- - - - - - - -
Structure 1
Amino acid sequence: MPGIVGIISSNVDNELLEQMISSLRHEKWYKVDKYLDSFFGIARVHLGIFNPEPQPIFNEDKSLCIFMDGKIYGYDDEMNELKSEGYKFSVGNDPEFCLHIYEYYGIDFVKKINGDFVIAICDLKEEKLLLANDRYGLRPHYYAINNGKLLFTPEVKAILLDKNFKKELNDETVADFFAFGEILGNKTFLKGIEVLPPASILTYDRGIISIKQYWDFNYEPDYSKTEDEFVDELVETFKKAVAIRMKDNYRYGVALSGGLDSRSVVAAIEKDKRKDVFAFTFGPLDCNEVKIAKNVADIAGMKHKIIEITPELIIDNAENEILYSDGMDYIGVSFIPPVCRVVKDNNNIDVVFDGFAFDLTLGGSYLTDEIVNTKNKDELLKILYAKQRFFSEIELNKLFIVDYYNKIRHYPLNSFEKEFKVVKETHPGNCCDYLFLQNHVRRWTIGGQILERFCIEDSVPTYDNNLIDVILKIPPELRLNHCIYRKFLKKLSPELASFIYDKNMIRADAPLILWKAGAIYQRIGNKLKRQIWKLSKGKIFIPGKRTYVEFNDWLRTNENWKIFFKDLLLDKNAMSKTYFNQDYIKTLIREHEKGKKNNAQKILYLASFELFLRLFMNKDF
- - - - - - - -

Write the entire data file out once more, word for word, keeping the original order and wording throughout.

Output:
Structure 1
Amino acid sequence: MPGIVGIISSNVDNELLEQMISSLRHEKWYKVDKYLDSFFGIARVHLGIFNPEPQPIFNEDKSLCIFMDGKIYGYDDEMNELKSEGYKFSVGNDPEFCLHIYEYYGIDFVKKINGDFVIAICDLKEEKLLLANDRYGLRPHYYAINNGKLLFTPEVKAILLDKNFKKELNDETVADFFAFGEILGNKTFLKGIEVLPPASILTYDRGIISIKQYWDFNYEPDYSKTEDEFVDELVETFKKAVAIRMKDNYRYGVALSGGLDSRSVVAAIEKDKRKDVFAFTFGPLDCNEVKIAKNVADIAGMKHKIIEITPELIIDNAENEILYSDGMDYIGVSFIPPVCRVVKDNNNIDVVFDGFAFDLTLGGSYLTDEIVNTKNKDELLKILYAKQRFFSEIELNKLFIVDYYNKIRHYPLNSFEKEFKVVKETHPGNCCDYLFLQNHVRRWTIGGQILERFCIEDSVPTYDNNLIDVILKIPPELRLNHCIYRKFLKKLSPELASFIYDKNMIRADAPLILWKAGAIYQRIGNKLKRQIWKLSKGKIFIPGKRTYVEFNDWLRTNENWKIFFKDLLLDKNAMSKTYFNQDYIKTLIREHEKGKKNNAQKILYLASFELFLRLFMNKDF